The word “Alaska” conjures visions of jagged icy peaks, smoking volcanoes, vast crimson tundra, sweeping blue rivers and lakes, shaggy brown bears, bush airplanes and pilots, remote Native villages, flashing rainbow trout, and rivers teeming with crimson salmon. These visions are realized, on a stupendous scale, in southwest Alaska’s Bristol Bay region. Each year 60 million or more wild salmon pour into the Bay to fight their way upstream past nets, anglers, bears, swirling rapids, and cascading waterfalls in lake and river systems with magical names—Iliamna, Kvichak, Naknek, Alagnak, Becharof, Egegik, Nushagak, Togiak, and Ugashik.
Sport anglers travel to the region to pursue all five species of Pacific salmon, dolly varden and arctic char, grayling and giant rainbow trout that provide unmatched thrills on the end of a line with their explosive runs and twisting leaps. This unparalleled fishing—driven by the salmon—makes Bristol Bay the place of fly fisher’s dreams.
In this book, author Bill Horn provides a detailed and compelling account of the natural history and life cycle of these fish as well as a glimpse into the culture, management, and politics that are part of the sockeye salmon story. It also offers essential information for anglers planning a trip to the region, including best times of the year for fishing, strategies and fly choices, and planning your trip.
Bill Horn has had a fifty-year connection—professional and personal—with Alaska. He was part of a 1972 Trout Unlimited team making recommendations to the U.S. Department of the Interior for salmon and trout conservation in the Bristol Bay region. He then worked for the Alaska Congressional delegation on the major Alaska Lands Bill enacted in 1980. From 1981–84 he was Deputy Under Secretary of the Interior overseeing implementation of the 1980 Act and continued that role as “Mr. Alaska” within the agency when he was nominated and confirmed in 1985 as Assistant Secretary of the Interior for Fish, Wildlife, and Parks. Following government service, Horn joined an Alaska law firm and represented an array of clients in the state including sport fishing lodges, bush pilots, Native corporations, hunting guides, the State of Alaska, and Trout Unlimited-Alaska.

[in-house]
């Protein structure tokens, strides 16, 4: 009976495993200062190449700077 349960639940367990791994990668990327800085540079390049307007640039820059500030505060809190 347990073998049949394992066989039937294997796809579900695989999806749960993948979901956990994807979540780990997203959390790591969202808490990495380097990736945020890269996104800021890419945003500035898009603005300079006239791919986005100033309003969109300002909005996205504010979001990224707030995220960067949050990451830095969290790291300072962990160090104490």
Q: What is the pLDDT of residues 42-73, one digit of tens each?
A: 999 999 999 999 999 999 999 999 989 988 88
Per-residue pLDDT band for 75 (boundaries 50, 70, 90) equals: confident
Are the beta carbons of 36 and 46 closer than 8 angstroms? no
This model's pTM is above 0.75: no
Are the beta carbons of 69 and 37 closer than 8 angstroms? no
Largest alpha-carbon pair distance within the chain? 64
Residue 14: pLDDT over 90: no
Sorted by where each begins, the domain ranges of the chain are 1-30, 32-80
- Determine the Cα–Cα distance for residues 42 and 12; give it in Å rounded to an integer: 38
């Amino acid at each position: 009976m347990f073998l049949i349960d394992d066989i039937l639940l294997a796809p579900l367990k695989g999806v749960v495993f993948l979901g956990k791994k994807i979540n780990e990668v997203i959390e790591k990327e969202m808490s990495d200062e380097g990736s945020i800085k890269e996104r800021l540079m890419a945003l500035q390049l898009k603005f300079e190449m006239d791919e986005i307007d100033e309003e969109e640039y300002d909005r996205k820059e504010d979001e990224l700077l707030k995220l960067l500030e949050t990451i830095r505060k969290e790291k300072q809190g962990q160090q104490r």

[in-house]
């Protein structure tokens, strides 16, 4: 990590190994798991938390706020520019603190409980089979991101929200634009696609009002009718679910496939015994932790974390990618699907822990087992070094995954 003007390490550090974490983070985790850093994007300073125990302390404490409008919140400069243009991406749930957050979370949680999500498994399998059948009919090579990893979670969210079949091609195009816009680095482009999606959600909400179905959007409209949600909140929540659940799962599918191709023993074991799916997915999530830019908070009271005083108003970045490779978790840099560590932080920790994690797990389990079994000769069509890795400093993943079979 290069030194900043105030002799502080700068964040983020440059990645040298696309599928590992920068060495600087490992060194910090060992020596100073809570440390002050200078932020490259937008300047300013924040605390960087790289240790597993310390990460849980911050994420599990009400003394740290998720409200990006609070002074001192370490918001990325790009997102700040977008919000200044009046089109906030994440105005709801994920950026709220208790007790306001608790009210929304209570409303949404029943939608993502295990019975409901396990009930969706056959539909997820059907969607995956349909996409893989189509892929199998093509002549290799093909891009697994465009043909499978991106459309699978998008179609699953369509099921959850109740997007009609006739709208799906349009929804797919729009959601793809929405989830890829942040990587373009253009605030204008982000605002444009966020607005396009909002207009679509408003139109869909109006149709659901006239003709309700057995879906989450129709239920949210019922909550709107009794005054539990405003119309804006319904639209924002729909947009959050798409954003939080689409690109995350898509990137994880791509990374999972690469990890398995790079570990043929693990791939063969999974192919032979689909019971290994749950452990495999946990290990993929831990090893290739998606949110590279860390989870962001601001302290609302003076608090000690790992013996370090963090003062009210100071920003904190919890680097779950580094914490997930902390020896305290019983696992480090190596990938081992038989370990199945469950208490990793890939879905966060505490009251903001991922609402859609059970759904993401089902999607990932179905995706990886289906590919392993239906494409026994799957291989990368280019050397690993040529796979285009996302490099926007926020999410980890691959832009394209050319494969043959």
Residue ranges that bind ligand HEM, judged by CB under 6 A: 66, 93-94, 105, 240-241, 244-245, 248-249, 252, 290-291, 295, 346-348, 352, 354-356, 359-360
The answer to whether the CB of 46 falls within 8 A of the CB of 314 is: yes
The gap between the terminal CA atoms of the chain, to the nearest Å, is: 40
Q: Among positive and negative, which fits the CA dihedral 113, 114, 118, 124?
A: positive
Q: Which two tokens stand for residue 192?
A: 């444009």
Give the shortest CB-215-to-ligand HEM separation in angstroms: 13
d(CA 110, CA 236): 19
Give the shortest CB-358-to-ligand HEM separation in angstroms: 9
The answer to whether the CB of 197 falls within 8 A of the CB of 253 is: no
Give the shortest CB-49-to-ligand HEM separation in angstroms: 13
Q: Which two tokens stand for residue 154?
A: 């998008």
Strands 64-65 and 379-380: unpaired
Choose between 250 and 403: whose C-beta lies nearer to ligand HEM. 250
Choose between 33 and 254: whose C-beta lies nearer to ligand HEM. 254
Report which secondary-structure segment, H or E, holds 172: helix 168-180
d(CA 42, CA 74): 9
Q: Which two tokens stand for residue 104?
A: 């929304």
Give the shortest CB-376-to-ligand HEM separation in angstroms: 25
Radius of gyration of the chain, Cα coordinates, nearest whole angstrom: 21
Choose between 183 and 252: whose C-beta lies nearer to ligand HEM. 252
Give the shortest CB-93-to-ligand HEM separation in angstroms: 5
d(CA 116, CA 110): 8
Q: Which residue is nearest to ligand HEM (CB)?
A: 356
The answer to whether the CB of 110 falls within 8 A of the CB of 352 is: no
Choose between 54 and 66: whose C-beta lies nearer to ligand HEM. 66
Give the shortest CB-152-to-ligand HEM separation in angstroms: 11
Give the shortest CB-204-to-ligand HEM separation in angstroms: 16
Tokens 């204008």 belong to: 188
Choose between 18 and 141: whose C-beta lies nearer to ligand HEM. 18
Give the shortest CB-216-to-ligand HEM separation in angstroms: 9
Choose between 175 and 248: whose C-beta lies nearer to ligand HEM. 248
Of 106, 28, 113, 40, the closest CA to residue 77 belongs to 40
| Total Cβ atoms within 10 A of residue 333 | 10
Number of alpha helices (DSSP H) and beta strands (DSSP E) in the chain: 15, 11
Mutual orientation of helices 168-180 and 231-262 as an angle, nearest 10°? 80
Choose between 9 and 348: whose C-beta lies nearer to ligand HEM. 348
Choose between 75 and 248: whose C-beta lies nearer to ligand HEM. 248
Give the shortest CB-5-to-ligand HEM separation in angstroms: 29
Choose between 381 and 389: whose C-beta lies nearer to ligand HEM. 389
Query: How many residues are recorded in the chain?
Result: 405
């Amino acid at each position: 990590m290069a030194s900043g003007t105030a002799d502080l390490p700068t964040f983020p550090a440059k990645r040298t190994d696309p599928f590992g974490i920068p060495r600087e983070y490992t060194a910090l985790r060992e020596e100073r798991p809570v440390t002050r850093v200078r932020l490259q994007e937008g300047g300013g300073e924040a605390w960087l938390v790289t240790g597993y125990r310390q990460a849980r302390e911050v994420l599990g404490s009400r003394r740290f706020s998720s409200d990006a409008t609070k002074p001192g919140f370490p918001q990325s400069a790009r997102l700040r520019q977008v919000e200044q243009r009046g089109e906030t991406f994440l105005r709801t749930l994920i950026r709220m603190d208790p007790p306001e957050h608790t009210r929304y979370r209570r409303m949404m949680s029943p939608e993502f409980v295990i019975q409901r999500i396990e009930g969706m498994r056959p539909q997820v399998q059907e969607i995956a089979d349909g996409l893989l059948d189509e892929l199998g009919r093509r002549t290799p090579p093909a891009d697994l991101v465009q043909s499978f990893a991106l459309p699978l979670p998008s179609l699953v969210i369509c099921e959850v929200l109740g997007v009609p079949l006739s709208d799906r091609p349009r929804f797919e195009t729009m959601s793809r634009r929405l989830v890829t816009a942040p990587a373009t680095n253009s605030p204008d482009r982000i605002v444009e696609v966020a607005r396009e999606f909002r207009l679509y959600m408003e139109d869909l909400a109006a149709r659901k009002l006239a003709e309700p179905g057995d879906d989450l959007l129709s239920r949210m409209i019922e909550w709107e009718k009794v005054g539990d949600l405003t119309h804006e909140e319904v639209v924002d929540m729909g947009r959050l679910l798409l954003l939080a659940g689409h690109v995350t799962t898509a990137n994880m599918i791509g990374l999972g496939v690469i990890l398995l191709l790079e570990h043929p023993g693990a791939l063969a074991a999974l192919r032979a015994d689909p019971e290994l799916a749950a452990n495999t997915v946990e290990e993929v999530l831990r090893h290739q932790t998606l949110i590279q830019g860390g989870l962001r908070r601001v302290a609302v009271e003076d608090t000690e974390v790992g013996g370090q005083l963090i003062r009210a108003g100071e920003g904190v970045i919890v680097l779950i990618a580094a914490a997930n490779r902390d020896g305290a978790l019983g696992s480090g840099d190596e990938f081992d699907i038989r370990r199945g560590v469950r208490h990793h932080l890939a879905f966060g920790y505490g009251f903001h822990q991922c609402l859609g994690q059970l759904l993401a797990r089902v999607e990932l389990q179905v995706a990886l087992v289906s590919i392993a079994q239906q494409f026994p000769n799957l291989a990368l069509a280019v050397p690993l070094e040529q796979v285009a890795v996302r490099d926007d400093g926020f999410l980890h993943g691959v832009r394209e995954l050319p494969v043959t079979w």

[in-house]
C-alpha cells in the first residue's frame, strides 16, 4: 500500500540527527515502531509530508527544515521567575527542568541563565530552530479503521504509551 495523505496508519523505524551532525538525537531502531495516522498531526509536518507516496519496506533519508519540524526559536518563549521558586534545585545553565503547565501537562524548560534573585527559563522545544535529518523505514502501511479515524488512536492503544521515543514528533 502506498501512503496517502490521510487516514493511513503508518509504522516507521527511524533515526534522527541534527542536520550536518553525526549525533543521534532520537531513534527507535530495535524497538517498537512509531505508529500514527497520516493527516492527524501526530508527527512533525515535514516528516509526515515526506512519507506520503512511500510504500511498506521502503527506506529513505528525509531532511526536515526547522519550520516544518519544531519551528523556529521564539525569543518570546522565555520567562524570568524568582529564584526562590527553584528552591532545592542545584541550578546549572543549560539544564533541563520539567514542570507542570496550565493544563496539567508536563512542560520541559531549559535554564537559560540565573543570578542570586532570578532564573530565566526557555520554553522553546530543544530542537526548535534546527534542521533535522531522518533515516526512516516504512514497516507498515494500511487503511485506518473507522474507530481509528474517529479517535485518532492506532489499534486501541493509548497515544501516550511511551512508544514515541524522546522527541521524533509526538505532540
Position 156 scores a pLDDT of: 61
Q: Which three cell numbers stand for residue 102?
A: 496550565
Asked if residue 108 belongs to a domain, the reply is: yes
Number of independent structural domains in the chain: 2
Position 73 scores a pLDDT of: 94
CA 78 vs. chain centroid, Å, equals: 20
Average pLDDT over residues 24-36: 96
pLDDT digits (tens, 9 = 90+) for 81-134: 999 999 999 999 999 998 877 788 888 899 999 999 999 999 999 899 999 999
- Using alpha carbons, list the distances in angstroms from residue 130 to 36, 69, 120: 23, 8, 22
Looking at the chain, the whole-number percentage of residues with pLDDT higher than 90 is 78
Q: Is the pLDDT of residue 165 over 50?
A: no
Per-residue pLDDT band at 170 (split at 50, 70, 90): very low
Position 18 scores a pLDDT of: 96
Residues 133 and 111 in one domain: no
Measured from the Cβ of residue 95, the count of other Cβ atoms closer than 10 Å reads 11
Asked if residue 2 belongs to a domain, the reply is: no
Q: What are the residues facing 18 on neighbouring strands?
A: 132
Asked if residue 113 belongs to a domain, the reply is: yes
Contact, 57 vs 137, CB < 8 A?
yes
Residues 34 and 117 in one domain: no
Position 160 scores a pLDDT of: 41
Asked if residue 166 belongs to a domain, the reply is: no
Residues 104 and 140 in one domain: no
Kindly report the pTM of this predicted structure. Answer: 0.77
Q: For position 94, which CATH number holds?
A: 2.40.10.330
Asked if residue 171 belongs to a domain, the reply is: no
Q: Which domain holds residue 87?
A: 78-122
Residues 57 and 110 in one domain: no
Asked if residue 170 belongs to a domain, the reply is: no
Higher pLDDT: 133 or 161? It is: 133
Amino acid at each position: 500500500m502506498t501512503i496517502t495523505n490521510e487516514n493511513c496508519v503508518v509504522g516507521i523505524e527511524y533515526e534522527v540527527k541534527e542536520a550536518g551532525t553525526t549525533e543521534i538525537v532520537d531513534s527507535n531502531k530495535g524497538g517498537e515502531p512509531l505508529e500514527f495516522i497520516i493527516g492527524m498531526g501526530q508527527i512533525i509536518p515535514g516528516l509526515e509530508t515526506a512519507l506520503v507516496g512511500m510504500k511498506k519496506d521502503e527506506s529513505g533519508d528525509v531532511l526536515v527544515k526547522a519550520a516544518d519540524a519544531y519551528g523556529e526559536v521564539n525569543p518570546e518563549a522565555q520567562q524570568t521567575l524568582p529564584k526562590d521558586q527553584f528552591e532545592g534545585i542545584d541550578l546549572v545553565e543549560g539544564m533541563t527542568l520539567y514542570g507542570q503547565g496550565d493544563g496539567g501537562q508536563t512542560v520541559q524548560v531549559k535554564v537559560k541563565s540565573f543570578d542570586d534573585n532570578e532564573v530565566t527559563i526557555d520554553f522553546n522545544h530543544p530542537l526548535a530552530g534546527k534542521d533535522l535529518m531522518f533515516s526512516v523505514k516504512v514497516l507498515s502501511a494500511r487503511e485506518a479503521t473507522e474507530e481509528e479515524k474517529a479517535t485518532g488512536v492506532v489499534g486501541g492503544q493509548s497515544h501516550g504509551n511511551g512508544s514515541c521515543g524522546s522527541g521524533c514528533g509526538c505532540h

Throughout these decades, he always found time to pursue char, grayling, salmon, and trout in the Bristol Bay region. His on-the-ground angling experience includes all of the major river and lake systems of Bristol Bay and all of the angling seasons there. He has written two previous books, Seasons on the Flats (Headwater Books/Stackpole, 2012) and On the Bow (Stackpole, 2021). Horn lives in the Florida Keys (Marathon) and Teton Valley, Idaho.
Crimson Wave captures the rich natural and human history of Bristol Bay’s fisheries, from the lifecycles of the sockeye salmon that form the region’s ecological backbone, to the land use and management plans that have allowed these fish—and the communities that rely on them—to persevere through difficult times. Bill adds enough fishing anecdotes to have you Googling airline tickets to Dillingham or King Salmon! Not all anglers will be lucky enough to make the bucket-list trip to fish the storied rivers that flow into Bristol Bay, but curling up with Crimson Wave is the next best thing to stepping off a Beaver float plane to begin your own adventure.
Bill Horn's Alaska book is a triumph. As a professional fly-fishing traveler for over fifty years, I've always explored my destinations through the magic of books to obtain success. Crimson Wave is the ultimate guide to fly fishing in southwestern Alaska, and it should be a state requirement to read this book before fishing these hallowed waters. Bill's stories of fishing culture and environmental history keep the reader glued to the book.